An introduction to computational thinking that traces a genealogy beginning centuries before the digital computer.
A few decades into the digital era, scientists discovered that thinking in terms of computation made possible an entirely new way of organizing scientific investigation; eventually, every field had a computational branch: computational physics, computational biology, computational sociology. More recently, “computational thinking” has become part of the K–12 curriculum. But what is computational thinking? This volume in the MIT Press Essential Knowledge series offers an accessible overview, tracing a genealogy that begins centuries before digital computers and portraying computational thinking as pioneers of computing have described it.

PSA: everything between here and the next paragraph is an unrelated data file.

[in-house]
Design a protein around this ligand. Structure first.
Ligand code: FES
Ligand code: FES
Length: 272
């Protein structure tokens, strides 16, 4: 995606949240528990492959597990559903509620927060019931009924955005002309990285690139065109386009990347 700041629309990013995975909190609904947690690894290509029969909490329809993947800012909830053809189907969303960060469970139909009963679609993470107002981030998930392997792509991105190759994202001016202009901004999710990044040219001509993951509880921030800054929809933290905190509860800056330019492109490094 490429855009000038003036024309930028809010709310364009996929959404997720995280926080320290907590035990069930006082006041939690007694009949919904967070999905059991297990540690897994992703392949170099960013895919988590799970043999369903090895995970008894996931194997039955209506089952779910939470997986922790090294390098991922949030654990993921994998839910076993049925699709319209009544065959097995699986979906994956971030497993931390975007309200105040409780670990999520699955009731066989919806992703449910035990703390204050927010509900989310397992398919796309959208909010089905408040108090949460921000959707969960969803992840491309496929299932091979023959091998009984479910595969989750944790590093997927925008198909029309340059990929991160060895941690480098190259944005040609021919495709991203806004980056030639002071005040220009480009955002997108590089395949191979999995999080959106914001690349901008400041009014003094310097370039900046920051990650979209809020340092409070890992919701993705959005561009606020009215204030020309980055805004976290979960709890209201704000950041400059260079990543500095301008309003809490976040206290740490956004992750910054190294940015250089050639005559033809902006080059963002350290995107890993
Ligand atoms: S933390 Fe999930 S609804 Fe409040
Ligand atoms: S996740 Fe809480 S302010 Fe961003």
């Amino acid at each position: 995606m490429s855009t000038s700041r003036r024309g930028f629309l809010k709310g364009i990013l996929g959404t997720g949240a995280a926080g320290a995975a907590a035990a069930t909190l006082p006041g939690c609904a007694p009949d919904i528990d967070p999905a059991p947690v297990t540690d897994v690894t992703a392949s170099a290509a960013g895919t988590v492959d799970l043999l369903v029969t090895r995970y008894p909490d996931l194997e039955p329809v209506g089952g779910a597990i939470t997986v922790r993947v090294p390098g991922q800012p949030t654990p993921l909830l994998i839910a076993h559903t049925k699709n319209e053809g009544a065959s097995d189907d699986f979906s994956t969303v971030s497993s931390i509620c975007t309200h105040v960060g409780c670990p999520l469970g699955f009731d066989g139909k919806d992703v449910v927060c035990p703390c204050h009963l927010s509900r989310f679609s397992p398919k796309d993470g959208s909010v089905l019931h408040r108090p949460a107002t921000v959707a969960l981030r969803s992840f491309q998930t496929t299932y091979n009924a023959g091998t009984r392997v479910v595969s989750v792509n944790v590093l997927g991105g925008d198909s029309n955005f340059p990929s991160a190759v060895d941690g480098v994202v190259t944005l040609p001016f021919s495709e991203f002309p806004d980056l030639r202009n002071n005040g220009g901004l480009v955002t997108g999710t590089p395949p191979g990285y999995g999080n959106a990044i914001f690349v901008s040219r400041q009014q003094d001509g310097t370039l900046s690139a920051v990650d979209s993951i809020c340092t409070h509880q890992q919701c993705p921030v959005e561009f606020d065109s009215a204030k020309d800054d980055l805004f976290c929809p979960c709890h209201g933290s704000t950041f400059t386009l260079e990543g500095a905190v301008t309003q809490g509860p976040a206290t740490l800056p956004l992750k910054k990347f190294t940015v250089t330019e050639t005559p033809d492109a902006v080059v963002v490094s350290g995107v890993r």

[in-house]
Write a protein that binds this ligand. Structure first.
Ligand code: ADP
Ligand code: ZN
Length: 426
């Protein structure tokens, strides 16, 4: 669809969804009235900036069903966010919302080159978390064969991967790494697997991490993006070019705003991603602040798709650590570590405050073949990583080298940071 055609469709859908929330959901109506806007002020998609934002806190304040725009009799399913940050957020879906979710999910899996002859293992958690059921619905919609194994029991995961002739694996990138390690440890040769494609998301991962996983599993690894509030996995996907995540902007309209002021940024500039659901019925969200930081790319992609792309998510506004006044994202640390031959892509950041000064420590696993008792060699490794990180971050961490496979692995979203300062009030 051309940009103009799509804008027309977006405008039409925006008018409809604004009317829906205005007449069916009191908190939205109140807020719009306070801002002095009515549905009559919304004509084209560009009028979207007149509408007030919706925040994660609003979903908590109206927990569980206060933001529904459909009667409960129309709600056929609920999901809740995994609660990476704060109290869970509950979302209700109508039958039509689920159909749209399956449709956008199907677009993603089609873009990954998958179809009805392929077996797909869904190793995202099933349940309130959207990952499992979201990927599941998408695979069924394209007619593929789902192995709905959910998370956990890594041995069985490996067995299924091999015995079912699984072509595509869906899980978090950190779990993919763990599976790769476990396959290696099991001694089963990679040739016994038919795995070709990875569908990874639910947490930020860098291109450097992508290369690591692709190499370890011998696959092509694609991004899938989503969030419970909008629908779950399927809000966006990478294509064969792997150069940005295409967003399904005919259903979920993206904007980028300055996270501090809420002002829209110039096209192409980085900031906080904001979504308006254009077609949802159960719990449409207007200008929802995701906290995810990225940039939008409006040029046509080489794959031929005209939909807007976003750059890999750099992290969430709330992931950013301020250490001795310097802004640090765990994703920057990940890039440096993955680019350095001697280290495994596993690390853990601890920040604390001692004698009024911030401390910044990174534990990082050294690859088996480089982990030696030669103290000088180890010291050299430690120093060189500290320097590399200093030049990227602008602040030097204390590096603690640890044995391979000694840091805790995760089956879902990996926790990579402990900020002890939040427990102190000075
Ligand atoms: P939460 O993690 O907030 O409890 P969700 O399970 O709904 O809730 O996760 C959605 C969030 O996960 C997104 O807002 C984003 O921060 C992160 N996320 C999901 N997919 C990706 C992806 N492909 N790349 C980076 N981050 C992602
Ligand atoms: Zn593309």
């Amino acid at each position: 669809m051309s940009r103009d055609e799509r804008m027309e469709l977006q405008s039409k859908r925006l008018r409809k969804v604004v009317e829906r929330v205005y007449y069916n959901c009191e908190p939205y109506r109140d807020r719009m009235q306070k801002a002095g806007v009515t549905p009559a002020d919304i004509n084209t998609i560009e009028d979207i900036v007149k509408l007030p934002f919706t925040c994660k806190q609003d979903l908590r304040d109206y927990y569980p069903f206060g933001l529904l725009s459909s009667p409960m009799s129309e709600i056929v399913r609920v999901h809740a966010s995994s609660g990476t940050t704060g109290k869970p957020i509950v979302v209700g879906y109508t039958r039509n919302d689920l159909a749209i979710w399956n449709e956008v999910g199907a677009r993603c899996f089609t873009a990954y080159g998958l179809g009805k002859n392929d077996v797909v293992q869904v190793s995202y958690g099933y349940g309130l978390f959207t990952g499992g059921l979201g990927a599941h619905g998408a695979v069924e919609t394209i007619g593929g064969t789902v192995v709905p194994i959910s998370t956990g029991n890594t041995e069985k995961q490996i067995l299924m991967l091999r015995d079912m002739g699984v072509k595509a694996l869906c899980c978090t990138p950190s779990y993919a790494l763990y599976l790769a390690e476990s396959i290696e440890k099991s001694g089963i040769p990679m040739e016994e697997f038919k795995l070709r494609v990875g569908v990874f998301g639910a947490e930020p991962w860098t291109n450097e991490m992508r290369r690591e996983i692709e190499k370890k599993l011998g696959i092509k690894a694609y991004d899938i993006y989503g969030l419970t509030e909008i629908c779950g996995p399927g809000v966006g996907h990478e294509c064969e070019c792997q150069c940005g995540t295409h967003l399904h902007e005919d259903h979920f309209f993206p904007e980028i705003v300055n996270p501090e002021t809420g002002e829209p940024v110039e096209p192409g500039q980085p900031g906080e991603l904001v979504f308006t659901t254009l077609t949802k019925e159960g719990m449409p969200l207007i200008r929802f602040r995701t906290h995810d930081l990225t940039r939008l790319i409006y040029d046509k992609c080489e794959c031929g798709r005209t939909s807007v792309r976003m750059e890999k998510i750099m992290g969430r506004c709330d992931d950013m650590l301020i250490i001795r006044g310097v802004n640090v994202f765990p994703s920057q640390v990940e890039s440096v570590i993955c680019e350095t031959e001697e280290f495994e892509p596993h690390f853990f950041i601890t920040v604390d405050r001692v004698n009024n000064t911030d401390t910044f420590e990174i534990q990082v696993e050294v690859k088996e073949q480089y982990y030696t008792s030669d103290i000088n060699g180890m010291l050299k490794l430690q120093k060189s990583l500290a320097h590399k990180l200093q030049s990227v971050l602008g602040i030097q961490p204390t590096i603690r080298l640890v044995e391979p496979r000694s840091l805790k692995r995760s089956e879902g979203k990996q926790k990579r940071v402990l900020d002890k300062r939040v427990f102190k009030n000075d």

The authors explain that computational thinking (CT) is not a set of concepts for programming; it is a way of thinking that is honed through practice: the mental skills for designing computations to do jobs for us, and for explaining and interpreting the world as a complex of information processes. Mathematically trained experts (known as “computers”) who performed complex calculations as teams engaged in CT long before electronic computers. The authors identify six dimensions of today's highly developed CT—methods, machines, computing education, software engineering, computational science, and design—and cover each in a chapter. Along the way, they debunk inflated claims for CT and computation while making clear the power of CT in all its complexity and multiplicity.